All concur except Whalen, P.J., and Troutman, J., who dissent and vote to modify in accordance with the following memorandum: We respectfully dissent. Although we agree with the majority that the Amended and Restated Operating Agreement (Agreement) is ambiguous, we do not agree that the interpretation of the Agreement depends on the credibility of extrinsic evidence or on a choice among reasonable inferences to be drawn from extrinsic evidence. Here, the interpretation of the Agreement is the exclusive function of a court, and we conclude that plaintiffs have established that their construction is " the only construction [that] can fairly be placed thereon' " (DiPizio Constr. Co., Inc. v Erie Canal Harbor Dev. Corp., 120 A.D.3d 905, 906) . We therefore vote to modify the order by granting plaintiffs' cross motion for summary judgment in part and granting judgment in plaintiffs' favor, declaring that defendant Gayle A. Vasile, as executor of the Estate of Anthony R. Vasile (decedent), must transfer decedent's 70% interest in plaintiff Maven Technologies, LLC (Maven) to that company at net book value.

         The dispute underlying this action arose following the February 2014 death of decedent, the owner of a 70% membership interest in Maven. Maven's president, Todd R. Wheaton (plaintiff), owns the remaining 30%. At issue is the disposition of decedent's 70% interest under the terms of the Agreement.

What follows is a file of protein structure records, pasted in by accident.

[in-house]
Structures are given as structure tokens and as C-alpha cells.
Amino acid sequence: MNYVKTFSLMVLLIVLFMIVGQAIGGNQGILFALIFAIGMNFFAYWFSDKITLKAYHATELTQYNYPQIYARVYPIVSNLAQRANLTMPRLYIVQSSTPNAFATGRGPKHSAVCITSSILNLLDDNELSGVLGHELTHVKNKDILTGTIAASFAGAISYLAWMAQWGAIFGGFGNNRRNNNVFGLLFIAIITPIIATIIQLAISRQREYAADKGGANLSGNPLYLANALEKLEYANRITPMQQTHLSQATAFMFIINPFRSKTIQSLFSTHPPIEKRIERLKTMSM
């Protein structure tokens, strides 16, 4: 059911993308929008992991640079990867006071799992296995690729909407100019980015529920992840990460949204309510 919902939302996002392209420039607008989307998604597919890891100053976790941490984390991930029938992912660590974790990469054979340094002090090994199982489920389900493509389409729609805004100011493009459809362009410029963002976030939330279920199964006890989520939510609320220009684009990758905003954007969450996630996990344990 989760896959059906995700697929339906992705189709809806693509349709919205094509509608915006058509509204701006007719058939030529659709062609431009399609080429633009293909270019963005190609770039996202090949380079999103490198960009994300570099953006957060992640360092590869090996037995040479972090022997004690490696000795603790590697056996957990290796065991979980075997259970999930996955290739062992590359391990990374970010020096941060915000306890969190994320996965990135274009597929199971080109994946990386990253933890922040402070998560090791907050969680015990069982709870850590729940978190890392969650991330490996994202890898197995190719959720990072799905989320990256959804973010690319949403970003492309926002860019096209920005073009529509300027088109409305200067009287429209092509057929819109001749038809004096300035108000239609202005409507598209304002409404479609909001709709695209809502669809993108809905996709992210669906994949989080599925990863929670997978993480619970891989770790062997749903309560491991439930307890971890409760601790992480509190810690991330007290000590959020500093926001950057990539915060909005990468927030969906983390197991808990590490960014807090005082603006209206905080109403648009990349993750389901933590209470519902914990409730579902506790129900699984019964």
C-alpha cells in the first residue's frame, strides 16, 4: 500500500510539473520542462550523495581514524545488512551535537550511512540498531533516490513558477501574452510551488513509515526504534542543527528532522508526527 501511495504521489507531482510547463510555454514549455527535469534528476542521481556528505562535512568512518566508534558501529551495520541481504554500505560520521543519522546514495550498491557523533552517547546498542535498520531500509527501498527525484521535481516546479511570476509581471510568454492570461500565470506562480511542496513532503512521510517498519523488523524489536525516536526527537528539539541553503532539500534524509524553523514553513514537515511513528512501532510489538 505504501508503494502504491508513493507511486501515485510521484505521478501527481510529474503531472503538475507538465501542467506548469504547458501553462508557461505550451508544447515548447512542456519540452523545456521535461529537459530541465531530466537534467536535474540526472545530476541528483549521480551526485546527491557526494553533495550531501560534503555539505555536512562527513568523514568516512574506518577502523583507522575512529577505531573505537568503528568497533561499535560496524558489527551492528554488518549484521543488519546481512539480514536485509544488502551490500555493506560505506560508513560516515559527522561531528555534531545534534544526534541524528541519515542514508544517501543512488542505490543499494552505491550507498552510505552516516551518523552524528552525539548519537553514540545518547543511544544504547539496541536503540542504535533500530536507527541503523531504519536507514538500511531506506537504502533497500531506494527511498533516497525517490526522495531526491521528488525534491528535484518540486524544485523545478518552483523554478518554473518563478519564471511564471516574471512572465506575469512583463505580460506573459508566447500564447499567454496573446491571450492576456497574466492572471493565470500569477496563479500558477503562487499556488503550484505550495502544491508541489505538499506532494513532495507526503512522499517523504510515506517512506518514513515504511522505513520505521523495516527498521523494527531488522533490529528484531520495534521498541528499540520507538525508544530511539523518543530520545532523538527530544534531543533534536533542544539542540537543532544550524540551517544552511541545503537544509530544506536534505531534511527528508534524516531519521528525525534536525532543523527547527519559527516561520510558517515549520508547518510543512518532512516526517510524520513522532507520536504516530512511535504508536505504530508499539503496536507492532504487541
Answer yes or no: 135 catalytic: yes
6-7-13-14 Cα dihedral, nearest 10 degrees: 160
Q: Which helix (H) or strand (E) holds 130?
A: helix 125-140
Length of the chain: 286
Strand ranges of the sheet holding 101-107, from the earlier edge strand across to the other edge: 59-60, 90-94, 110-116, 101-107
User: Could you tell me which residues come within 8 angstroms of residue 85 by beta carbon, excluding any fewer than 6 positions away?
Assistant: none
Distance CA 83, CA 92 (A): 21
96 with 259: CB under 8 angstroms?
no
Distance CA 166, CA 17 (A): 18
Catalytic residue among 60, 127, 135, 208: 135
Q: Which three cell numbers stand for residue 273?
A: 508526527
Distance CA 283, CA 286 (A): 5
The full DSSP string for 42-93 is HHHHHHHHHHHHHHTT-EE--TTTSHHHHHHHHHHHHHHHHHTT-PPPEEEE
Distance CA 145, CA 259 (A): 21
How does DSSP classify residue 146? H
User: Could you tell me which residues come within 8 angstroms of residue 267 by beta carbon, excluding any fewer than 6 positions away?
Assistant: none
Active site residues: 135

Article 6 of the Agreement governs the transfer of membership interests and the withdrawal of existing members. Section 6.1.1 provides that a member who owns "more than 50% in Membership Interest may transfer all, or any portion of, or any interest in, the Membership Interest owned by the Member." Conversely, section 6.1.2 prohibits a member with a minority membership interest from transferring any portion of his or her interest and renders any such transfer "invalid, null and void, and of no force or effect." Section 1.21 defines a "transfer" as "any sale, hypothecation, pledge, assignment, gift, bequest, attachment, or other transfer." A member's "involuntary withdrawal, " which section 1.11 (iv) defines as including "the occurrence" of the "death" of "any Member, " triggers section 6.3, which provides: "Immediately upon the occurrence of an Involuntary Withdrawal, other than for Cause, the successor of the Withdrawn Member shall thereupon become an Interest Holder but shall not become a Member." Section 6.3 further provides that, within 180 days of the involuntary withdrawal, Maven "shall pay the successor Interest Holder the Net Book Value per unit of his Interest." The Agreement, which was executed by both decedent and plaintiff, went into effect December 31, 2007.